Central Peru

 Annual Meeting of the Litty Committee at Laguna 69

Annual Meeting of the Litty Committee at Laguna 69

After two weeks in Mancora, we realized it was time to mosey on. Initially, we planned on zipping through Peru but by this point, like barnacles on the side of a BP cruiser about to dump 450 million gallons of oil onto unsuspecting fish, we’d accrued other backpacker friends and had committed to traveling as a group, at least for the next little while. Rather than take the time to individually introduce you to all of our new acquaintances, I’ll just reduce them to the countries they come from because that feels kind: 2 Brits and 6 Aussies, then about two weeks later we accrued another Brit, a German, and a Swede.

Anyway, we set off in the dark of night for our next stop with Maddy and Alice: Trujillo. The town of Trujillo is home to literally fives of Peruvians, and situated right next to the ruins of Chan-Chan, technically in the next town over named Huanchaco. Huanchaco is on the beach so when we showed up in nothing but a speedo, a towel, and hot pink floaties we were rather disappointed to discover the water was cold and the beach was rocky.

We arrived too late in the day to see the ruins, so our first (and only) night there was spent discovering what there was to see of the town. That’s a euphemism for: we went to a bakery twice because they sold alfajores (South American cookie made with shortbread, dulce de lece, and crack apparently) and we just couldn’t get enough and split our time at the cookie factory with dinner at a hole-in-the-wall called Menuland that deserves three Michelin stars. Nick said his burger was the best he’s ever had (Nick also talks exclusively in attention-gathering hyperbole but you get the point) and everyone’s food comes with a basket of 10-12 sauces for dipping. Now would probably be a good time to inform you that few activities turn me on more than dipping foods in other foods. Dipping things in other things is like your crazy friend who turns up at random moments and always makes sure the party keeps going until at least 3 in the morning: it just makes everything better. In fact, the dipping tray was so dope, I’m going to skip describing the boring-ass ruins we visited the next day so I can list for you a small sampling of the sauces I was able to dip my food into at Menuland Huanchacho:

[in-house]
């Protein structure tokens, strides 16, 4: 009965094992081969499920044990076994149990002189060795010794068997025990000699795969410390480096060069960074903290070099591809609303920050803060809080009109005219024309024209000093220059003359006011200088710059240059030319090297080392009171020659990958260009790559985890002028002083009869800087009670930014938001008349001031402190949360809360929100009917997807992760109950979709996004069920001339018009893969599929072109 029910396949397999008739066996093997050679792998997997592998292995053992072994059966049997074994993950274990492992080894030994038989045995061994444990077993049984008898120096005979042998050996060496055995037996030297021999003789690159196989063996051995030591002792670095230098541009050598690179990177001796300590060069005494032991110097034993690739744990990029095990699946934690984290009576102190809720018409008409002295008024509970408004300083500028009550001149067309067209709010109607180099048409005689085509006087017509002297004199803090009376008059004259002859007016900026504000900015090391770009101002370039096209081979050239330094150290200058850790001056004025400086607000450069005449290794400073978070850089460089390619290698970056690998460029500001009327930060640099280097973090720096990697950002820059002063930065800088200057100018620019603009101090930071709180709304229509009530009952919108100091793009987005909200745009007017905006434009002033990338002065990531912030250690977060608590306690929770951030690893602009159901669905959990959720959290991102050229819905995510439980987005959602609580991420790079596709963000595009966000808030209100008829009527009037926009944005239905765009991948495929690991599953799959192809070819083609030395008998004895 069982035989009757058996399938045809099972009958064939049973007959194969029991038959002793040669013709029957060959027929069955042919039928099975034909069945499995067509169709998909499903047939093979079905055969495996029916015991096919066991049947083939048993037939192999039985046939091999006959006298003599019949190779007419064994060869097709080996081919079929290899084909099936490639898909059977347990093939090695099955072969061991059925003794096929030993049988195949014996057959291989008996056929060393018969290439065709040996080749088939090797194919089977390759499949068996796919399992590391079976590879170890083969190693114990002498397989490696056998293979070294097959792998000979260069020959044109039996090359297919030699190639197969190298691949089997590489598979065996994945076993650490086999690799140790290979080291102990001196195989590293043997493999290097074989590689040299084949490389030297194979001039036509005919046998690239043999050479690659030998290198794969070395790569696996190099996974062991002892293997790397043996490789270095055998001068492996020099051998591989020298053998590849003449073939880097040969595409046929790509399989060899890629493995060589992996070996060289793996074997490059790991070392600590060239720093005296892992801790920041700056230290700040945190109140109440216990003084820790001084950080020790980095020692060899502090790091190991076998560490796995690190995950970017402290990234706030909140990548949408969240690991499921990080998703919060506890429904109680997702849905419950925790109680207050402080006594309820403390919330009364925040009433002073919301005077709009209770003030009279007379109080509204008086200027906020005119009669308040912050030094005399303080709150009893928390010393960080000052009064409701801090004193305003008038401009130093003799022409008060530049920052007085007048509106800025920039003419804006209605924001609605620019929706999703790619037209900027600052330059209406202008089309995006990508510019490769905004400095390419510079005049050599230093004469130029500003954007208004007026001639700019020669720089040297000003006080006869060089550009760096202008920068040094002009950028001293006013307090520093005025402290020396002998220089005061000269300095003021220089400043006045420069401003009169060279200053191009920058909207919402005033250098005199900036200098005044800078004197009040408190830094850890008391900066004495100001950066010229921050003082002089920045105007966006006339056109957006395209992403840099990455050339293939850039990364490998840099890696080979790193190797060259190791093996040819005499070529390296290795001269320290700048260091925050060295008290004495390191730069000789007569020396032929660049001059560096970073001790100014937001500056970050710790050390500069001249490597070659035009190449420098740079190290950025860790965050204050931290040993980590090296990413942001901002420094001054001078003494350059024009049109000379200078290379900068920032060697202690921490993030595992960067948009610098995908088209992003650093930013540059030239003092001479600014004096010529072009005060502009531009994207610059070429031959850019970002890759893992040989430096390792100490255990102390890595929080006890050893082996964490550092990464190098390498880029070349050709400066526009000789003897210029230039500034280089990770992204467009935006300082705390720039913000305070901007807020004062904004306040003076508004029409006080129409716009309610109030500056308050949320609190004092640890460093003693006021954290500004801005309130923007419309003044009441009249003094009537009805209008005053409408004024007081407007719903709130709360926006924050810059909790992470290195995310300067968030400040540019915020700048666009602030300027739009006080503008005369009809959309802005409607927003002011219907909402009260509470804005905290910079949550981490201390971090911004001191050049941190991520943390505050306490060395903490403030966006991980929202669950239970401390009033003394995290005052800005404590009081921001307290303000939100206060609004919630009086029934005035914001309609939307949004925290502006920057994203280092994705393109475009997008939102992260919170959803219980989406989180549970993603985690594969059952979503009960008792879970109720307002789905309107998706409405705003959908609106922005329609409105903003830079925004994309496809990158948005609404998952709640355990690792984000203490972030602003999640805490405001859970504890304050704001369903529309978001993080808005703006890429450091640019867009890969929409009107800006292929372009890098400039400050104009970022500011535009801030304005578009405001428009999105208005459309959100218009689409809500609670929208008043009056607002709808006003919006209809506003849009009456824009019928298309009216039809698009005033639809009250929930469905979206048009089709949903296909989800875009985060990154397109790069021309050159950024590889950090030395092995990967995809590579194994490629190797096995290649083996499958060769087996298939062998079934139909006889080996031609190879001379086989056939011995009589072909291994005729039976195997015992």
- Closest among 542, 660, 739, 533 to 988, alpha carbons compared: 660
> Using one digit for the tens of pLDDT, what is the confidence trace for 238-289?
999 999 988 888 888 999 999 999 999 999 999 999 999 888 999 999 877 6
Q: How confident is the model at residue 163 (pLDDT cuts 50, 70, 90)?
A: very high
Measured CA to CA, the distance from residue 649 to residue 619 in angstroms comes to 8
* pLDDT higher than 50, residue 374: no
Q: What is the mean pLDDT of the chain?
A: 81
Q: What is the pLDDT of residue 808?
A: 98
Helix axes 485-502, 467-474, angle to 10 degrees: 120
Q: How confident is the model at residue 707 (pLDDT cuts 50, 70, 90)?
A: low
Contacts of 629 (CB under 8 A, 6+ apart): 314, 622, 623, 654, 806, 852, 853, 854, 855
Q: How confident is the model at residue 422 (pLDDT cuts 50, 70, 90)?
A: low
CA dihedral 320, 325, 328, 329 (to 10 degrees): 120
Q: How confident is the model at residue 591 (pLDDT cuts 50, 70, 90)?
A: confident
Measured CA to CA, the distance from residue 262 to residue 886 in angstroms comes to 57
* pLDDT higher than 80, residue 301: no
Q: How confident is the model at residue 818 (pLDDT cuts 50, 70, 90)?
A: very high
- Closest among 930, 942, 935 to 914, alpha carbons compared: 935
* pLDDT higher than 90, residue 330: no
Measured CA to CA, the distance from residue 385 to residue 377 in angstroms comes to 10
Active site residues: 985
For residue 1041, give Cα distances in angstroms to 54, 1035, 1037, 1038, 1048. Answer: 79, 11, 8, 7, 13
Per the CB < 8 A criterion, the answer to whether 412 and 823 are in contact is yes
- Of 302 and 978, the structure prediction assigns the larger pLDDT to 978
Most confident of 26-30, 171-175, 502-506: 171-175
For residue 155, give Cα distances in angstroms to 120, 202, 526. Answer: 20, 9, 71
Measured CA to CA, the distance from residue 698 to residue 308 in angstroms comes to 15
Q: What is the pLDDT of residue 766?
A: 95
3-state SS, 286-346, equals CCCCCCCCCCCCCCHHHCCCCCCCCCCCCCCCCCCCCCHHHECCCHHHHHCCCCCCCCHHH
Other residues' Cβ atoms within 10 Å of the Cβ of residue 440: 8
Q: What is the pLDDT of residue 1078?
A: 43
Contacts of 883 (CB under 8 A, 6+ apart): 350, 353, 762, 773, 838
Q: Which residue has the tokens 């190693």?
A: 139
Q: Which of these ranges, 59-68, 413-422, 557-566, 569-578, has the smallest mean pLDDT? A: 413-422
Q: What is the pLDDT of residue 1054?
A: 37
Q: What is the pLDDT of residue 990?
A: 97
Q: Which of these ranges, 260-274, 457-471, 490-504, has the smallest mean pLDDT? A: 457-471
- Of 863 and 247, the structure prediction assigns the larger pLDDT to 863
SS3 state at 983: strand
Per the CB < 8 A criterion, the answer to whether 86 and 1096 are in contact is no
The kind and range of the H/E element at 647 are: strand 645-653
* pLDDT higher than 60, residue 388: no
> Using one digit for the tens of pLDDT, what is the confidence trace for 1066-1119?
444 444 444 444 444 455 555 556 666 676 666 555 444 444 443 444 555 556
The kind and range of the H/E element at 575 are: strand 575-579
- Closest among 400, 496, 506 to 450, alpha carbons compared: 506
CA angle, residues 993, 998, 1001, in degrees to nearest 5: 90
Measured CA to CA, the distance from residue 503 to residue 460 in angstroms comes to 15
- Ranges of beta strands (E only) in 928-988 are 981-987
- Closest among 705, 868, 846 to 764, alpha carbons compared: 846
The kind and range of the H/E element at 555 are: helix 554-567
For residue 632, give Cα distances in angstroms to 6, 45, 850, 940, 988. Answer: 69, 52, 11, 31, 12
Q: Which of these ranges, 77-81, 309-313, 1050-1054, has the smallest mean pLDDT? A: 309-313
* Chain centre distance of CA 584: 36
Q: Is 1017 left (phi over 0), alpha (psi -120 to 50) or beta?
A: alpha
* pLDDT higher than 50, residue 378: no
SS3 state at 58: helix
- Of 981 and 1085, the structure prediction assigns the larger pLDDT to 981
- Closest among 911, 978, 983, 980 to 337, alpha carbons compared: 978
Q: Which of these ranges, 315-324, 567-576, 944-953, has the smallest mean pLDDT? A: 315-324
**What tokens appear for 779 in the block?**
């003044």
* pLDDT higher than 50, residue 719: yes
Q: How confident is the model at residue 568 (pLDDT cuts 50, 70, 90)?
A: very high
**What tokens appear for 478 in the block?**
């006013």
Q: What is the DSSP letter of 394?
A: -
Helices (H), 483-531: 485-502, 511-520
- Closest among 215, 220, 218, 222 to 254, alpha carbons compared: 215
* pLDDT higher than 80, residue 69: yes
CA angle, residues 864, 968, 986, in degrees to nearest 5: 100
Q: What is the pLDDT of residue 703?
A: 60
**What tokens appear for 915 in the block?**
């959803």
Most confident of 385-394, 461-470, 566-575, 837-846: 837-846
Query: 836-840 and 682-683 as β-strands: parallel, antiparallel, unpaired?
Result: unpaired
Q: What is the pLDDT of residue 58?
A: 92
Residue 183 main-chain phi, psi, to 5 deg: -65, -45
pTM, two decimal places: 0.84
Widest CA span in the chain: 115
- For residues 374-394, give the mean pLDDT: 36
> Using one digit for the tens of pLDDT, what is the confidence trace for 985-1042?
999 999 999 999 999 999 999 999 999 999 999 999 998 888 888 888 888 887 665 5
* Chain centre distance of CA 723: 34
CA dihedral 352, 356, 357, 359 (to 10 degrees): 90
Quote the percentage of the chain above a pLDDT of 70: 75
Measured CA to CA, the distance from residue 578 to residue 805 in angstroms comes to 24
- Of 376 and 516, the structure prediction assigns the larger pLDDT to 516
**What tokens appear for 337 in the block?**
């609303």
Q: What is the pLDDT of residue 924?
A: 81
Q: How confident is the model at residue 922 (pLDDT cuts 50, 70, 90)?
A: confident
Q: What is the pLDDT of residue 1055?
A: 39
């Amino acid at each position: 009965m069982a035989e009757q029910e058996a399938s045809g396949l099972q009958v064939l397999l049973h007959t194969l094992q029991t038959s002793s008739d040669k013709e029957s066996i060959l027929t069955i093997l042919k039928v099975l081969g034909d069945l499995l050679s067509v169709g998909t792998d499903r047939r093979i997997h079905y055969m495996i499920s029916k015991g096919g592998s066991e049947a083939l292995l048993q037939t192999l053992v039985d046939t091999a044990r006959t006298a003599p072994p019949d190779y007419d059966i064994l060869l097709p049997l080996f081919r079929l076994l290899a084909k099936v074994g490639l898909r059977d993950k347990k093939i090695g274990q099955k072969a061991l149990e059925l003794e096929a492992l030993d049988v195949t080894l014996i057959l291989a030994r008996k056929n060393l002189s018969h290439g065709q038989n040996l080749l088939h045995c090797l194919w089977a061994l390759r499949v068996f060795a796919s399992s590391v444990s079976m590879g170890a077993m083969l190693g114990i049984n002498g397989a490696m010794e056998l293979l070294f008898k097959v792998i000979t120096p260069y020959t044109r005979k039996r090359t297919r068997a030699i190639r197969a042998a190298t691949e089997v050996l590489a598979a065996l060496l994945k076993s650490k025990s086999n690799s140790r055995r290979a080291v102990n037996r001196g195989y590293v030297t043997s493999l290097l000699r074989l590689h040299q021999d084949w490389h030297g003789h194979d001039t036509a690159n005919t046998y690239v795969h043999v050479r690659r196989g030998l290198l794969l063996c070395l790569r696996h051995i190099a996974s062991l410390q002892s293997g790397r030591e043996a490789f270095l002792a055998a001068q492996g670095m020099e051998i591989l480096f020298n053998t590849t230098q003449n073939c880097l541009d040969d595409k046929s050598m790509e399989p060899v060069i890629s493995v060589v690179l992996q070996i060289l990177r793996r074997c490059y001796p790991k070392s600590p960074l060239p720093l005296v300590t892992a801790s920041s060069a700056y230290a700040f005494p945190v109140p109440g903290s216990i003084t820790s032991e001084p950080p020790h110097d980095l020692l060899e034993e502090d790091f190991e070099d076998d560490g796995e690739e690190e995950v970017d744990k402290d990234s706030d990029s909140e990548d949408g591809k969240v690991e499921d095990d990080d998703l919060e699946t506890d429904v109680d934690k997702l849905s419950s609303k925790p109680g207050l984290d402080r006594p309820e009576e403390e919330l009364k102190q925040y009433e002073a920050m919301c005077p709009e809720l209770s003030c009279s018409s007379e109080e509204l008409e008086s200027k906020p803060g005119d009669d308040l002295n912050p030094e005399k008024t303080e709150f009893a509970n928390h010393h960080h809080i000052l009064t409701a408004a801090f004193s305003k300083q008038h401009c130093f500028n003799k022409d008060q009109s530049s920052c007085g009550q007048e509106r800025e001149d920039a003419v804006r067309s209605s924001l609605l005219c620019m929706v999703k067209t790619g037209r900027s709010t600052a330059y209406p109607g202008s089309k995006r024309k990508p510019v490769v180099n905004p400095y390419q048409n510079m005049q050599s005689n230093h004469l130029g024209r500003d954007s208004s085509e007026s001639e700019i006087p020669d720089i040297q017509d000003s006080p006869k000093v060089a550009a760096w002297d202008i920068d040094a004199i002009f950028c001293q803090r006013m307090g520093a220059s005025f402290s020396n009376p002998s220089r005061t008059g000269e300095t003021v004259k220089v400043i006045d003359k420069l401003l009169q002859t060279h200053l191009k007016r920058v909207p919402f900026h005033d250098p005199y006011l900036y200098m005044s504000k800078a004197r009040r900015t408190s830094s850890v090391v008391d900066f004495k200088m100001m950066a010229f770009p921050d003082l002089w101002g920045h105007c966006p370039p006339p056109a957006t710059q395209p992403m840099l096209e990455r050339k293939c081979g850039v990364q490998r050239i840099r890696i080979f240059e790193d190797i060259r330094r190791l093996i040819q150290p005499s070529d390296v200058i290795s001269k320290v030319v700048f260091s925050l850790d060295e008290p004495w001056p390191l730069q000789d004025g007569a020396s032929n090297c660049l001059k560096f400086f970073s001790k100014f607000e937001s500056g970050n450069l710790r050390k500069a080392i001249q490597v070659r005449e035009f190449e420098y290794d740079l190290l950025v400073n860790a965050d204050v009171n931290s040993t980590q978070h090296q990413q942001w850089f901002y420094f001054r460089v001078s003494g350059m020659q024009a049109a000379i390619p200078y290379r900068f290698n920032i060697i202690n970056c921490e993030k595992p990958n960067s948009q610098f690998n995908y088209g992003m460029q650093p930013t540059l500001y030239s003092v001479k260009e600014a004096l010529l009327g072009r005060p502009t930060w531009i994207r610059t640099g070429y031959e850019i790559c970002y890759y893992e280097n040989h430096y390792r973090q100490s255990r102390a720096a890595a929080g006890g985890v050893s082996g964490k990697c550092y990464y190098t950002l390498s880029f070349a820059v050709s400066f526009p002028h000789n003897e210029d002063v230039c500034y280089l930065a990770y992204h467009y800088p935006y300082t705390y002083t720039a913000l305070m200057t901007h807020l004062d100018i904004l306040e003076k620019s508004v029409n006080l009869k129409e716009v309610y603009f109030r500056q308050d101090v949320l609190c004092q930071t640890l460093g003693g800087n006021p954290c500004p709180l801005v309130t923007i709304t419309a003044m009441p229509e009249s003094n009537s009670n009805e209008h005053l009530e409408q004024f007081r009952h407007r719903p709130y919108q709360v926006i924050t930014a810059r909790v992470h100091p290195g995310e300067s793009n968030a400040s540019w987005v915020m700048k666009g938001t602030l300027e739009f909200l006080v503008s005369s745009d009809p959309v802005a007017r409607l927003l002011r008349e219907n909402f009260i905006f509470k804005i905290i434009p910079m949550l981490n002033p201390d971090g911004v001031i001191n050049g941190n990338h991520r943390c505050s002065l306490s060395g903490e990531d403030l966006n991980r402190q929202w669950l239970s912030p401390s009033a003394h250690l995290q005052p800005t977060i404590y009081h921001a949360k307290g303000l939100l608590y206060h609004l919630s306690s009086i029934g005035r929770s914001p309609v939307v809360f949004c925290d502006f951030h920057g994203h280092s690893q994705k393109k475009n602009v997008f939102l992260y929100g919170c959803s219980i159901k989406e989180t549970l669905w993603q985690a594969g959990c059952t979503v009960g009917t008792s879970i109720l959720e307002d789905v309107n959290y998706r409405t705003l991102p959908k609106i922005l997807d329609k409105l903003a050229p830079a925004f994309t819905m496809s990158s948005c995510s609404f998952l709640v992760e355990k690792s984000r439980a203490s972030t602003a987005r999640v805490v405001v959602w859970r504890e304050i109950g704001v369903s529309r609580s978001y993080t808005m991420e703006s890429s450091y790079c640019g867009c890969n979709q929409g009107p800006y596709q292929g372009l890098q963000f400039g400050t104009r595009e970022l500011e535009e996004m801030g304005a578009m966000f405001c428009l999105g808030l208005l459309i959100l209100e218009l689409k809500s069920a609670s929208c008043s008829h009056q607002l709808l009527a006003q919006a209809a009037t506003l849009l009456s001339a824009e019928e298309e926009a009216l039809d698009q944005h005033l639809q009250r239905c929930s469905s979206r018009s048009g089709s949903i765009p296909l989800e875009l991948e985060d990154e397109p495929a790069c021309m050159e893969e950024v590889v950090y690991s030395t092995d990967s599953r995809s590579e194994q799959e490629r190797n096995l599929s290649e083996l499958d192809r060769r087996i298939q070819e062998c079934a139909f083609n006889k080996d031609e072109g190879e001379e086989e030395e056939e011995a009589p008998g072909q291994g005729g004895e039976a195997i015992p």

·      Olive

·      Pesto

·      Spicy

P1080371.JPG

Honestly this the most interesting

part of these ruins. Next. 

·      Mustard

·      Honey mustard

·      Ketchup

·      Barbecue

·      AND SO MUCH MORE

Anyway whatever then we saw some ruins and they were boring so we reunited with our friend Liam and peaced. ON TO HUARAZ!

Nick getting his life on our acclimatization hike. 

Huaraz, Peru is a fairly size-able city in its own right that’s primarily a haven for backpackers because of its Laguna 69 hike. There, we rendezvoused with more Aussies we had left behind in Mancora and settled in for a 2-night stretch. On day 1 we did an acclimatization hike because Laguna is at an incredibly high altitude. Hike 1 was gorgeous but without much to describe specifically, other than a magical encounter with a pig. (see video).

Here’s the rundown of what you need to know about Huaraz, though:

·      This girl we met took us to this Indian restaurant that literally has no name because it’s just a guy cooking for you….at his house….but he brings you an all you can eat feast for less than $5 US and if you tell him that you’re full and couldn’t possibly eat another bite of the heaping pile of food he’s continuously putting on your plate he’ll get offended so it’s honestly best to rupture your stomach. I remember neither the location of this unicorn restaurant nor of the girl who took me here but I owe both of you a lot. And girl, I’m sorry for telling Nick I thought you were obnoxious when I first met you. If I had known the gift you were about to bestow on me I would have said “annoying” rather than “obnoxious.” So please accept this humble apology.

·      We found a tiny bar called ayahuasca in Huaraz. Our group of 10 took up the entire place and Nick convinced the bartender to play Britney followed by everyone's personal anthem My Neck, My Back (if you're over 40 and reading this don't bother googling; it's vulgar and NSFW). I was outside discussing the relative feminist virtues of stripping but I assume the bartender was properly shooketh.

·      OK, putting on my serious mask for this one: Of our entire time in South America, Laguna 69 was an absolute top 5 experience. To do the hike from Huaraz, you have to board the bus at 4 am without coffee, and even I’ll go on the record as saying how worth it the experience is. I felt rather emotional at several points throughout the hike because it’s so rare to be completely surrounded by that much beauty, let alone have the scenery so drastically change several times throughout a hike. I’ll let the pictures speak for themselves, but hiking Laguna 69 for me was overwhelming and left me incredibly grateful to be alive to experience such breathtaking marvels. If you find yourself in or around Peru at all, please please please do yourself a favor and go to Huaraz to take advantage of this hike. Scientists currently estimate we have somewhere between 4 and 17 minutes until the Republicans destroy the last trees on earth so I’d probably get on that sooner rather than later.

 Like whatttttt?!?! How did we go from enchanted forest to frozen tundra in less than 10 minutes?!

Like whatttttt?!?! How did we go from enchanted forest to frozen tundra in less than 10 minutes?!

 

From Huaraz, it was on to Lima. Stay tuned!